« Logistically, it’s not easy. Doing the full season meant it would be a bit hard going back and forth from Australia, so I’ve got a place near the team in Belgium, which has been really useful. It’s definitely accelerated our relationship-building process. I’m 10 minutes away by road and it’s good to spend time with the crew. »
That said, making such a big move is never simple.
« In Europe, the cultural differences between areas that are so close geographically is quite strange to me, » he explains. « Australia is such a big mass of land, you can travel for hours on the plane and everything is pretty much the same when you get off! Here, I can drive two hours and be in the UK, where everything is quite similar to what I know, then drive back across and there’s very limited English spoken.
« It’s on me to sort [the language barrier] out, but it’s definitely challenging. Just going to the supermarket, you don’t realise how much you need your language. I live near the beach at home and now I’m in a little country cottage in south Belgium – it’s quite a different experience, for sure! »
If that wasn’t enough to wrap his head around, every track on the 2019 schedule is a journey into the unknown for Davies – a daunting task for a driver trying to prove his merit on the European stage.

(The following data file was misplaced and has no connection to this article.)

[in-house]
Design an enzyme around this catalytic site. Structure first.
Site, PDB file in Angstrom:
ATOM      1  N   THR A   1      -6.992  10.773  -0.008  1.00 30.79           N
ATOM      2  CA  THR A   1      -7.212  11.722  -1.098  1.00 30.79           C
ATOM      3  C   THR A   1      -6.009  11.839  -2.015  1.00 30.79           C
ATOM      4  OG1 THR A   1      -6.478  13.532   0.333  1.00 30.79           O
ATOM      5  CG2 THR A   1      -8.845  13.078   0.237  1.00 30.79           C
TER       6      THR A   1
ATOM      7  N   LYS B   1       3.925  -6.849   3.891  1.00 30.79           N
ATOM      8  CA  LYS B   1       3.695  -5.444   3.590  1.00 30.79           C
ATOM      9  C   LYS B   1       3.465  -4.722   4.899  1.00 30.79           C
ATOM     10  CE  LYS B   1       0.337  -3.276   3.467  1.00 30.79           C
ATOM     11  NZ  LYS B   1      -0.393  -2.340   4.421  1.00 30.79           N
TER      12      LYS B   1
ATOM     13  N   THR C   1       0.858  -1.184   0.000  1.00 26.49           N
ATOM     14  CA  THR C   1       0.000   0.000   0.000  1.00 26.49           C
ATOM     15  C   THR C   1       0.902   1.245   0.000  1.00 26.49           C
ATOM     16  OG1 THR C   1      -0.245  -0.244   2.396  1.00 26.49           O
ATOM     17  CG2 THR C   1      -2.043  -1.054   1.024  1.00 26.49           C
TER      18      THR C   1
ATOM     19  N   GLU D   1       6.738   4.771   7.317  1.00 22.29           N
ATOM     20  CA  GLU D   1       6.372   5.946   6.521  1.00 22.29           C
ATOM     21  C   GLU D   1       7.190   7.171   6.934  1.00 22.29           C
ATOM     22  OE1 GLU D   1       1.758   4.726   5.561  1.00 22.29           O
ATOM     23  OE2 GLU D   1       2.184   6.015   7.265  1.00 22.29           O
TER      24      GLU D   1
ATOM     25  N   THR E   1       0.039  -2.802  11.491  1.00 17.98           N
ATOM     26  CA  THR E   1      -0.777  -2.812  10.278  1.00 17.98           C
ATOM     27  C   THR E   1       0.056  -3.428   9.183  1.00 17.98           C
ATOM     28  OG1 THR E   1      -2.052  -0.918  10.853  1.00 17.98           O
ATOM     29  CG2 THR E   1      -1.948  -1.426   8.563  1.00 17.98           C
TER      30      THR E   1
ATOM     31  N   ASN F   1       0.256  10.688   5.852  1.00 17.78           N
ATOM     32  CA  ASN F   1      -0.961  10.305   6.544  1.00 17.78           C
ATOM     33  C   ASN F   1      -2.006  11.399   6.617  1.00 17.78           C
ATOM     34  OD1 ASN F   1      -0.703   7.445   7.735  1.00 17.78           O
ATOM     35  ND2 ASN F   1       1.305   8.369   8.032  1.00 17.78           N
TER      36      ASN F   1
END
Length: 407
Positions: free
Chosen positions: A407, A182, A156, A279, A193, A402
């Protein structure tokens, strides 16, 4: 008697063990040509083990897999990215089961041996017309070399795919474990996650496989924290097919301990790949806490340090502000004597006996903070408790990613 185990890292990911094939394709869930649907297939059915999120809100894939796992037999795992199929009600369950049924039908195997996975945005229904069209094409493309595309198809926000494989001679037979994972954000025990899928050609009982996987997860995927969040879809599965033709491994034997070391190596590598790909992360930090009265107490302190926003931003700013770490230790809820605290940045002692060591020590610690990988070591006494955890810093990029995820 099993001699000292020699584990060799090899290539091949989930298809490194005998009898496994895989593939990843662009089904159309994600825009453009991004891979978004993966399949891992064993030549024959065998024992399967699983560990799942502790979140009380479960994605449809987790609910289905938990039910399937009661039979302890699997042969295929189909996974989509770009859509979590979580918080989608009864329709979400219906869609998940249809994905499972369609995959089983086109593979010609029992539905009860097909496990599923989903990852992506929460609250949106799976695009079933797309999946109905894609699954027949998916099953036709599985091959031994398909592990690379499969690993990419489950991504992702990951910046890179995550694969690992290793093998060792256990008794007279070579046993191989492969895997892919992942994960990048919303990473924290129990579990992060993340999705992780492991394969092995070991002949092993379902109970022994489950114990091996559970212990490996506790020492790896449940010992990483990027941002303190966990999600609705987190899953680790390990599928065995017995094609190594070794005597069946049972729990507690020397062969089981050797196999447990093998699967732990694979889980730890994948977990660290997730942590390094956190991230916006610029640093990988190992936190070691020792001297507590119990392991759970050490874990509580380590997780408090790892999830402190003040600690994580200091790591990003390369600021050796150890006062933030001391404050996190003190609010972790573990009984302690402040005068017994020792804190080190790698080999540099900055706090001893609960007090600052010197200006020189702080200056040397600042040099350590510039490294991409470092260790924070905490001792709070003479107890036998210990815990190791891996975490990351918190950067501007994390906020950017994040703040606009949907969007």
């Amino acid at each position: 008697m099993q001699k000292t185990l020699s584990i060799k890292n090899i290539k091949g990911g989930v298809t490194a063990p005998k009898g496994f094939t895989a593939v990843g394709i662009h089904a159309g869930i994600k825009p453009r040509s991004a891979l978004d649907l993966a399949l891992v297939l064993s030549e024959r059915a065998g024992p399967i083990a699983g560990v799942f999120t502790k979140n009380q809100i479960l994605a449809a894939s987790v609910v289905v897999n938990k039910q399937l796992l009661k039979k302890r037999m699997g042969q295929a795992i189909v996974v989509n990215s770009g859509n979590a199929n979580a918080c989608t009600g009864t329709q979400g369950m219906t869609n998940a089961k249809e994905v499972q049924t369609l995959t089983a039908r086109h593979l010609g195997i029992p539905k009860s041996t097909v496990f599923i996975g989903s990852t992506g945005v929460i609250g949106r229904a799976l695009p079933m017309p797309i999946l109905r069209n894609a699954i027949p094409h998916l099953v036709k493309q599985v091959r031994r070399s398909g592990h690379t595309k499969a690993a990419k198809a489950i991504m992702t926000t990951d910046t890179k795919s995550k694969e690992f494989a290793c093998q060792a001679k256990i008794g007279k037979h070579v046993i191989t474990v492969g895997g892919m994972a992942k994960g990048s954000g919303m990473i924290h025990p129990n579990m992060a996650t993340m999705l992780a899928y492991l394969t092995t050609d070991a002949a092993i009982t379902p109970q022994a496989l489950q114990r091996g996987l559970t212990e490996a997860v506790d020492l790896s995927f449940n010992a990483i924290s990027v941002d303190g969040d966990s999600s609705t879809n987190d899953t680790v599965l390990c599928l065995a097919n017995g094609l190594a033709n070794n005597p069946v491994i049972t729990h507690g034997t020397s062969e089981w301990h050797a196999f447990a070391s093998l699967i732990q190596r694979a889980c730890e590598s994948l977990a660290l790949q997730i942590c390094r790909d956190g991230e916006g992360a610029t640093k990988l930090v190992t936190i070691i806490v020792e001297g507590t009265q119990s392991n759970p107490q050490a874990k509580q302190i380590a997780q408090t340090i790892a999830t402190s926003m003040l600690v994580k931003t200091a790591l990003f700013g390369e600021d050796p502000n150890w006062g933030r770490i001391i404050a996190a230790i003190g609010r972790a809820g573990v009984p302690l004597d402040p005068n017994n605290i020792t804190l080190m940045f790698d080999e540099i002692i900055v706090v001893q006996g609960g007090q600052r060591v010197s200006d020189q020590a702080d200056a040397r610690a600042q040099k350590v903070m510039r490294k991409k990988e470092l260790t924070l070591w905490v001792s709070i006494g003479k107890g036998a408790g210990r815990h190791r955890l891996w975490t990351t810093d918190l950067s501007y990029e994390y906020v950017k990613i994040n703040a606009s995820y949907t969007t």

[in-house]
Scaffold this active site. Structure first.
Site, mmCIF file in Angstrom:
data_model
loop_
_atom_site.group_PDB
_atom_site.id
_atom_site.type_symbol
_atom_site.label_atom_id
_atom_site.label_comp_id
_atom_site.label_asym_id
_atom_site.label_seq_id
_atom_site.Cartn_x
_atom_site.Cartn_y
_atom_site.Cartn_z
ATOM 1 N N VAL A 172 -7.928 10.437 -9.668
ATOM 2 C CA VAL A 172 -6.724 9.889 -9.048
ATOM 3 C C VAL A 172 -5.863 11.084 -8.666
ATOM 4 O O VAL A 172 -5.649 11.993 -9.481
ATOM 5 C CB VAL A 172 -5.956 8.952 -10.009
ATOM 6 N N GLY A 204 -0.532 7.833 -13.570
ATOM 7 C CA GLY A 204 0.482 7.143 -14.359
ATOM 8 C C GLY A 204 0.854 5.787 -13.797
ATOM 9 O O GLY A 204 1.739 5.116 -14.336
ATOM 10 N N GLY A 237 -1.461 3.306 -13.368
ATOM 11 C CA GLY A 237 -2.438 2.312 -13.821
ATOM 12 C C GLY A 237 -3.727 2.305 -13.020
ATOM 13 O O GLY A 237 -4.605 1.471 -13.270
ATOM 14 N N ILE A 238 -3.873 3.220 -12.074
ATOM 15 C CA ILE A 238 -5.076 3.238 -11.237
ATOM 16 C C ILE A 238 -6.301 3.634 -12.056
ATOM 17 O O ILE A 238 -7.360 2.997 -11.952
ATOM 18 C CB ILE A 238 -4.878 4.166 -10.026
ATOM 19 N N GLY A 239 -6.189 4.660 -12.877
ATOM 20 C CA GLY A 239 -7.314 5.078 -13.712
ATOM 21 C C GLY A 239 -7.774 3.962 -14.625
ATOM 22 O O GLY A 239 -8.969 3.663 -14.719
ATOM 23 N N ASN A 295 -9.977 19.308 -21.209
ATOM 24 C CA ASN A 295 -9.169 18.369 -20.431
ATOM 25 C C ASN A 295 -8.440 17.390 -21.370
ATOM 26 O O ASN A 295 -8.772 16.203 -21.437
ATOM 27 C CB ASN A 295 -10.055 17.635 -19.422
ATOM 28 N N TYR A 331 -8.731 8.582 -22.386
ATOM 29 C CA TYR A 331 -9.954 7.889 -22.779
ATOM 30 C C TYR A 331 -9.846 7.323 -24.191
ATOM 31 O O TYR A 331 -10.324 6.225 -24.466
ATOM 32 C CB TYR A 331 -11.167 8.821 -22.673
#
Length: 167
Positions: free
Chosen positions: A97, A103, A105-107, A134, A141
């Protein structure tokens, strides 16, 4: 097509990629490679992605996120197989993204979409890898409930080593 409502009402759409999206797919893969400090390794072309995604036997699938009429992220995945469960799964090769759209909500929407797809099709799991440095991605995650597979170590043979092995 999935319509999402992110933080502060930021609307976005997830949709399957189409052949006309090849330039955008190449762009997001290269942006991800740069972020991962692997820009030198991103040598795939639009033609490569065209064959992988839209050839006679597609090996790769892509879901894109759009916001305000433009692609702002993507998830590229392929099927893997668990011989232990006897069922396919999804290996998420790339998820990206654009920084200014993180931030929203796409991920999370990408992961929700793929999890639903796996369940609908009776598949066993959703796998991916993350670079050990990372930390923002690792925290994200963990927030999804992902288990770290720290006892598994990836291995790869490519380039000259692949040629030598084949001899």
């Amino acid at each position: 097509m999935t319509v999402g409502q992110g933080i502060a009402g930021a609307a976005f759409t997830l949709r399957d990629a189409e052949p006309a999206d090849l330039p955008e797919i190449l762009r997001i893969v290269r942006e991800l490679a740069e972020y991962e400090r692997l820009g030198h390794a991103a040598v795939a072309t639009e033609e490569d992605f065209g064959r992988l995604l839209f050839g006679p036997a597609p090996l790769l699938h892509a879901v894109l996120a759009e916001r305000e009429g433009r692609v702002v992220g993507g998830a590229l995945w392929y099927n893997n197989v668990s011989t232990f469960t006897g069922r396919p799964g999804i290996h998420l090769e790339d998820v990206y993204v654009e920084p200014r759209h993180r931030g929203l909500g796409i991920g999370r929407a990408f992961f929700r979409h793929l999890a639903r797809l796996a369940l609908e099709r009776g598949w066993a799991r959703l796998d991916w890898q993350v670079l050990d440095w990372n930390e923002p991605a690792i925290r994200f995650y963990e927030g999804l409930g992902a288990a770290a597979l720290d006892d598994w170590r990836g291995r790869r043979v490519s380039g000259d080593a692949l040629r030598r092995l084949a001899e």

« It’s tough, » he confirms. « In first practice, when you want to be fine-tuning the car, I’m learning my surroundings. You’re behind every time and I don’t really come good until the race, which I’m quite proud to say has been a strong suit for me. But it’s definitely hard to get up to speed as quickly as I’d like, because I’m up against guys who’ve done this year in, year out. When I rock up, it’s for real. That’s tough, but I’m living the dream because these are such awesome cars to drive. »
He has also been impressed by the standard of the paddock that he’s found in the Blancpain GT Series.
« It’s a nice treat to have hospitality and somewhere to relax during the race weekend. Having multiple trucks for the team and the sheer number of people, all of that is impressive to me.
« In Supercars, each team is limited to one truck per-car, the crews are very small, and there’s no hospitality. The teams don’t have their own hideaway, so it’s a different experience. Australia is still very professional, but to come here and see some of the big rigs is impressive. »
Learning the ropes with WRT
Making a successful switch to Europe can hinge on selecting the right team with which to do so. In that respect, Davies is perfectly placed. As the most successful outfit in Blancpain GT Series history, WRT has the resources and knowledge to make his adjustment as smooth as possible.
« If you had a wish-list of teams to join when coming over from Australia, they’d be at the top, » Davies confirms. « They’ve had so much success – it’s actually quite daunting! »